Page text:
Karl Duncker
German psychologist who founded Gestalt psychology in the early 1900s, immigrated to the United States in 1933, studied the optical illusion of apparent movement, and described the principles of perception.
Max Wertheimer
Specialized sensory receptors for pain that are found in the skin, muscles and internal organs.
A condition characterized by a partial or complete loss of the sense of smell.
The body's natural painkillers that are procuced in many parts of the brain and body.
endorphins and enkephalins
A taste category that involves the distinctive taste of monosodium glutamate, aged cheeses, mushrooms, seaweed, and protien rich foods such as meat
A phenomenon in which a person continues to experience intense painful sensations in a limb that has been amputated.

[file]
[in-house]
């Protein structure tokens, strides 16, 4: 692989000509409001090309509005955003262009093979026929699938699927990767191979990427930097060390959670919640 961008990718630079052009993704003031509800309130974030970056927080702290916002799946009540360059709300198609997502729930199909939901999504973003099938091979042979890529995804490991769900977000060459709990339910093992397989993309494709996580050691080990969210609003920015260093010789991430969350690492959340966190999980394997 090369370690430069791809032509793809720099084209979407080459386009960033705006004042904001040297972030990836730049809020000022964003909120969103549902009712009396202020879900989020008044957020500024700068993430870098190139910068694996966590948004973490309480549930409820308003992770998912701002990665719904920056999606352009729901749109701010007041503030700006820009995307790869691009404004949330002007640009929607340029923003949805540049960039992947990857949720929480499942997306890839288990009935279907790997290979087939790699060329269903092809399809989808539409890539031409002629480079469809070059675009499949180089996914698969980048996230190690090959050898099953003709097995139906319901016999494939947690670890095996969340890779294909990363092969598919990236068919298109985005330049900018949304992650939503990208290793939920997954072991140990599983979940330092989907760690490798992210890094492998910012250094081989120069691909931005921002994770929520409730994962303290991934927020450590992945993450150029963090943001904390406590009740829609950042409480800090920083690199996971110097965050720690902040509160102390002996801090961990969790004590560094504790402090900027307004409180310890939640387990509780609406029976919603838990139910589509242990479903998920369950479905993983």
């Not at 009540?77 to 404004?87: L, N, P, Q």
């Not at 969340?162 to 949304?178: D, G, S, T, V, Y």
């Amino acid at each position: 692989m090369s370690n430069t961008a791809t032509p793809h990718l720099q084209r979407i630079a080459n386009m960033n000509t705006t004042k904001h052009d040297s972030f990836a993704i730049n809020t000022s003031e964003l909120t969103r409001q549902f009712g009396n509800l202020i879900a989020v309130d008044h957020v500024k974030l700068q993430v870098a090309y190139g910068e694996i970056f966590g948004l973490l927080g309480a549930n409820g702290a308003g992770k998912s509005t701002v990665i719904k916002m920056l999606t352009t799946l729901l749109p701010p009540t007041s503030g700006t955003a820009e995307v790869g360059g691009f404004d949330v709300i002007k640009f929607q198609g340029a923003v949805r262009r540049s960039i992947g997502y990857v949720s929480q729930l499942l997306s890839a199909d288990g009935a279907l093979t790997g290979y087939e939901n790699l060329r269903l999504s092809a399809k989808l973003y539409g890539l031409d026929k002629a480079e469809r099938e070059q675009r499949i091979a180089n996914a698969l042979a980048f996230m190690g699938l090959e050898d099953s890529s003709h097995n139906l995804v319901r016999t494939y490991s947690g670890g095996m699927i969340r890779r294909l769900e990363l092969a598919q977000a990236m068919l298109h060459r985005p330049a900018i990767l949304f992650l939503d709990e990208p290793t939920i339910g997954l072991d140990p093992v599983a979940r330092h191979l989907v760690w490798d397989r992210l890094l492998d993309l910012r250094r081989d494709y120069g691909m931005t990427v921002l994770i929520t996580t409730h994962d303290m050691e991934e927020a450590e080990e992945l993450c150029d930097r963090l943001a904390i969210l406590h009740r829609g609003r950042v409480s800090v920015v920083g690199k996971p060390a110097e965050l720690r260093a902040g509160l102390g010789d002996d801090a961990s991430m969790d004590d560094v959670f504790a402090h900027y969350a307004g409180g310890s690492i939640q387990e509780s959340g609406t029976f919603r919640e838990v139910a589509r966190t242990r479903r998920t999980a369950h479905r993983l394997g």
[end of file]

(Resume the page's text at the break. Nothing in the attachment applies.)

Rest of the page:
phantom limb pain
Myelinated nociceptors involved in the fast pain system that transmit sharp, intense, but short lived pain signals, immediately following a surgery.
A-delta fibers
law that states when several perceptual organizations are possible, the perceptual interpretation that will occur will be the one that produces the best, simplest, and most stable shape.
law of Pragnanz
Monocular cue that suggests that faraway objects appear hazy or slightly blurred.
arial perspective
Gestalt principle of organization that refers to the tendency to percieve objects that are close to one another as a unit or figure.
law of proximity
Binocular cue that relies on the fact that our eyes are set a couple of inches apart and thus cast slightly different images on the retina of each eye.
binocular disparity
According to the trichomatic theory of color vision, color results becasue cones in the eye are especially sensitive to which three colors of light?
red, green & blue light